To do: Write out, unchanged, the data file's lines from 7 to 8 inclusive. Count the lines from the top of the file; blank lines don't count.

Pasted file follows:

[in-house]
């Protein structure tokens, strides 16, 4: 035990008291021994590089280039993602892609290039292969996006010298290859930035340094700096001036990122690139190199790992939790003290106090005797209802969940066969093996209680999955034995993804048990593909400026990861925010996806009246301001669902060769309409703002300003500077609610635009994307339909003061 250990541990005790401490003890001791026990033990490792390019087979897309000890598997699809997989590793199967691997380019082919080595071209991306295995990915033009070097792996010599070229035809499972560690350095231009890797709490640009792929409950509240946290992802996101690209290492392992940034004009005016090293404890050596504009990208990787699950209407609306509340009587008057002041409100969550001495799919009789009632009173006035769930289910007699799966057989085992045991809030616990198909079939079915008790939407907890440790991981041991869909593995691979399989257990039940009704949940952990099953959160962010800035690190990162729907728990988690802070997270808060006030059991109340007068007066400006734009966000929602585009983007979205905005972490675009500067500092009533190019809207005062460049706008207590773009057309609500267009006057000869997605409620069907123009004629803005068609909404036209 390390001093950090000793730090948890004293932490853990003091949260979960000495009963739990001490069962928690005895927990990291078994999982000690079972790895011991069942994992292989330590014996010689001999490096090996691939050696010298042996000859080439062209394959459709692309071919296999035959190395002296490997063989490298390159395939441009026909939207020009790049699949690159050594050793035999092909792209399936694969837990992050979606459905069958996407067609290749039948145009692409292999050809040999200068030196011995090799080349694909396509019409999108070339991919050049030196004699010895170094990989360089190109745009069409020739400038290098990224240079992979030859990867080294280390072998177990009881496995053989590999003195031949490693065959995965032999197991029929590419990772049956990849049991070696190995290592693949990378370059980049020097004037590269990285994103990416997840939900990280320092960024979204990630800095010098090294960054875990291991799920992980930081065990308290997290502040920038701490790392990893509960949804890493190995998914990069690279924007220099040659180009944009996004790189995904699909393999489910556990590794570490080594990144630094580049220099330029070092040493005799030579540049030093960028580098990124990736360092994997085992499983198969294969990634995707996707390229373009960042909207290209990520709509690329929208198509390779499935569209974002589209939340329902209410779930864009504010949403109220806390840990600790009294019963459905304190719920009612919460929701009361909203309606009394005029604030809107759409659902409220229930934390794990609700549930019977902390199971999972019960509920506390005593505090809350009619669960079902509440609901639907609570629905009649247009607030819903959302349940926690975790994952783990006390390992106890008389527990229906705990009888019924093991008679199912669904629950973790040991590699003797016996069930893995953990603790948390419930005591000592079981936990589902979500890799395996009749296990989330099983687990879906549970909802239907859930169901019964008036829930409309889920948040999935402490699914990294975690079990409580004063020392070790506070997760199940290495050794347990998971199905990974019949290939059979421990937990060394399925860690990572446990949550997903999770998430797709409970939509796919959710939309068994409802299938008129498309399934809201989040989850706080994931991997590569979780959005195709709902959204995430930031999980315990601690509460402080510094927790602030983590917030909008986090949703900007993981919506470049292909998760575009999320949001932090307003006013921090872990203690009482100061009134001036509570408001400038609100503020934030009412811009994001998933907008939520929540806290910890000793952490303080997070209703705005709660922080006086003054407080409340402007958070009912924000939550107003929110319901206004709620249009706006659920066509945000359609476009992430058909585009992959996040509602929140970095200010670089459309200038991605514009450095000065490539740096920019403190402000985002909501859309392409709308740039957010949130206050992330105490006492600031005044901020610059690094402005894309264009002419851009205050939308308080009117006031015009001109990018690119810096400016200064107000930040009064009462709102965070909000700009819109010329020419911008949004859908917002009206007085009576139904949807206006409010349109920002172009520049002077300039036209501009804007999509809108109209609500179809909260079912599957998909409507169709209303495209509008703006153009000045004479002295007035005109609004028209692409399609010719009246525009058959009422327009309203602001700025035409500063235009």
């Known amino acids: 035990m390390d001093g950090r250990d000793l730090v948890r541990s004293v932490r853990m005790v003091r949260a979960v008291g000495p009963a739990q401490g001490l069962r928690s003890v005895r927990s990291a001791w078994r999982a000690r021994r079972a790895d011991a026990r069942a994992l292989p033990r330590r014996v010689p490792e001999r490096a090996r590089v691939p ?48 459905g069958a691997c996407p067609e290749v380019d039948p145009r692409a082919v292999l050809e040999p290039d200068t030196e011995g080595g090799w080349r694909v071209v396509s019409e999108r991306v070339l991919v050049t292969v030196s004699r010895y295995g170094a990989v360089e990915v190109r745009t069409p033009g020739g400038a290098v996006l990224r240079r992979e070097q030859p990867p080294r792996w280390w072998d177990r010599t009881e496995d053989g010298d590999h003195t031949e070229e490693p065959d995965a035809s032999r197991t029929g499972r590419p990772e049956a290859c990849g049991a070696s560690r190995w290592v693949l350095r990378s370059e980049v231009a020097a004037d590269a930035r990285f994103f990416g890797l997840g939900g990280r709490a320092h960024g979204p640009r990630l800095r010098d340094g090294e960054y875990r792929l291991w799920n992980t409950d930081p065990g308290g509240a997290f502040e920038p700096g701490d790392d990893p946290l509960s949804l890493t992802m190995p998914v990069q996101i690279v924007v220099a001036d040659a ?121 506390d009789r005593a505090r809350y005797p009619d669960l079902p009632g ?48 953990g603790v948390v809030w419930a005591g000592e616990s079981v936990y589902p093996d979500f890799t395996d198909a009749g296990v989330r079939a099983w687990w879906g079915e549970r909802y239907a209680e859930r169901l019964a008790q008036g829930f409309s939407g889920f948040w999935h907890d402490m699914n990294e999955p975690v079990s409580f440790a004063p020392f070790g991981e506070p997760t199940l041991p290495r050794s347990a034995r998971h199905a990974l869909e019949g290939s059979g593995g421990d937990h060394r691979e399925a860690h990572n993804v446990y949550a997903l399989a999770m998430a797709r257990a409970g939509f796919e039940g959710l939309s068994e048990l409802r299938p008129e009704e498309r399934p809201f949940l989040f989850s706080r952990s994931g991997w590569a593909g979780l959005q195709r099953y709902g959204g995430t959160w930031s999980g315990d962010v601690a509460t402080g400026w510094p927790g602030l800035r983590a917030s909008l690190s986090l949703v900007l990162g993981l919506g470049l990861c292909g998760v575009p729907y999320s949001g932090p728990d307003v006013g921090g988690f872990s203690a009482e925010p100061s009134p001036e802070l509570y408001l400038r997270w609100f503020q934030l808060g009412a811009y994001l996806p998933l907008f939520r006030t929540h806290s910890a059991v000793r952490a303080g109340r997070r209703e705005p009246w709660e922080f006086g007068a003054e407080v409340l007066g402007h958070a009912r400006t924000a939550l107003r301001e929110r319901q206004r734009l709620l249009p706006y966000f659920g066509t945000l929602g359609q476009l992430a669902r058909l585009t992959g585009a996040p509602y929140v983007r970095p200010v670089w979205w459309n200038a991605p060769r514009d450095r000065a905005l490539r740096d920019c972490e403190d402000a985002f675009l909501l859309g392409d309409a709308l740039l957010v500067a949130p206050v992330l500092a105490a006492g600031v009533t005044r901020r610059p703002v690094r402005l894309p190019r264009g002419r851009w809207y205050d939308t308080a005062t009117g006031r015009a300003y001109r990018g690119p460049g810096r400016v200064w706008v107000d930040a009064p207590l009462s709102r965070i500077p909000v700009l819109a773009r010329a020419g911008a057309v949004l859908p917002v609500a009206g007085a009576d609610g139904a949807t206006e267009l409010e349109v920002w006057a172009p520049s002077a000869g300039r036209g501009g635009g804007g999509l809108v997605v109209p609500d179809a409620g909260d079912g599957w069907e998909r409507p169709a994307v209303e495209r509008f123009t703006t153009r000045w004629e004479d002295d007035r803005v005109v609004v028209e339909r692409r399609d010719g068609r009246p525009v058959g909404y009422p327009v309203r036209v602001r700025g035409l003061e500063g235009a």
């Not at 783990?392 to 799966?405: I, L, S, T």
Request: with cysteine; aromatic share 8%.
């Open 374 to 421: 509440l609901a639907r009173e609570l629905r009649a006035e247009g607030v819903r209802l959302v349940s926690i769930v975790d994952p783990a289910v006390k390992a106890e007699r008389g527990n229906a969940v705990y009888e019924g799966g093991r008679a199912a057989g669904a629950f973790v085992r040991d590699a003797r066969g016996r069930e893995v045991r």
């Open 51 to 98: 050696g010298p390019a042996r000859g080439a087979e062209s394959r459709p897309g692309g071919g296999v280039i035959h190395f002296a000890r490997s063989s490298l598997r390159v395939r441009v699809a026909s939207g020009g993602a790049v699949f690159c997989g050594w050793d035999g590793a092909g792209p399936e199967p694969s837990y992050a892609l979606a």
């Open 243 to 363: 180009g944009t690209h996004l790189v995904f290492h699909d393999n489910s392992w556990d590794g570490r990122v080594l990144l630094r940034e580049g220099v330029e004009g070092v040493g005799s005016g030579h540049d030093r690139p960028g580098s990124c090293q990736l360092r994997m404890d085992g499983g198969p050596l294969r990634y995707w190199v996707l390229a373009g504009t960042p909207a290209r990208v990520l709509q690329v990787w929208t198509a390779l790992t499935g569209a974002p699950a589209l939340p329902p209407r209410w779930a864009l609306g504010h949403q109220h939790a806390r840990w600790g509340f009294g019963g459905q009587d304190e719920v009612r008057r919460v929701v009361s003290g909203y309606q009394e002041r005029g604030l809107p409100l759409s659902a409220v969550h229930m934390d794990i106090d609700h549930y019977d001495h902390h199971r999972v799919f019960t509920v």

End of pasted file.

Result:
């Open 51 to 98: 050696g010298p390019a042996r000859g080439a087979e062209s394959r459709p897309g692309g071919g296999v280039i035959h190395f002296a000890r490997s063989s490298l598997r390159v395939r441009v699809a026909s939207g020009g993602a790049v699949f690159c997989g050594w050793d035999g590793a092909g792209p399936e199967p694969s837990y992050a892609l979606a």
């Open 243 to 363: 180009g944009t690209h996004l790189v995904f290492h699909d393999n489910s392992w556990d590794g570490r990122v080594l990144l630094r940034e580049g220099v330029e004009g070092v040493g005799s005016g030579h540049d030093r690139p960028g580098s990124c090293q990736l360092r994997m404890d085992g499983g198969p050596l294969r990634y995707w190199v996707l390229a373009g504009t960042p909207a290209r990208v990520l709509q690329v990787w929208t198509a390779l790992t499935g569209a974002p699950a589209l939340p329902p209407r209410w779930a864009l609306g504010h949403q109220h939790a806390r840990w600790g509340f009294g019963g459905q009587d304190e719920v009612r008057r919460v929701v009361s003290g909203y309606q009394e002041r005029g604030l809107p409100l759409s659902a409220v969550h229930m934390d794990i106090d609700h549930y019977d001495h902390h199971r999972v799919f019960t509920v």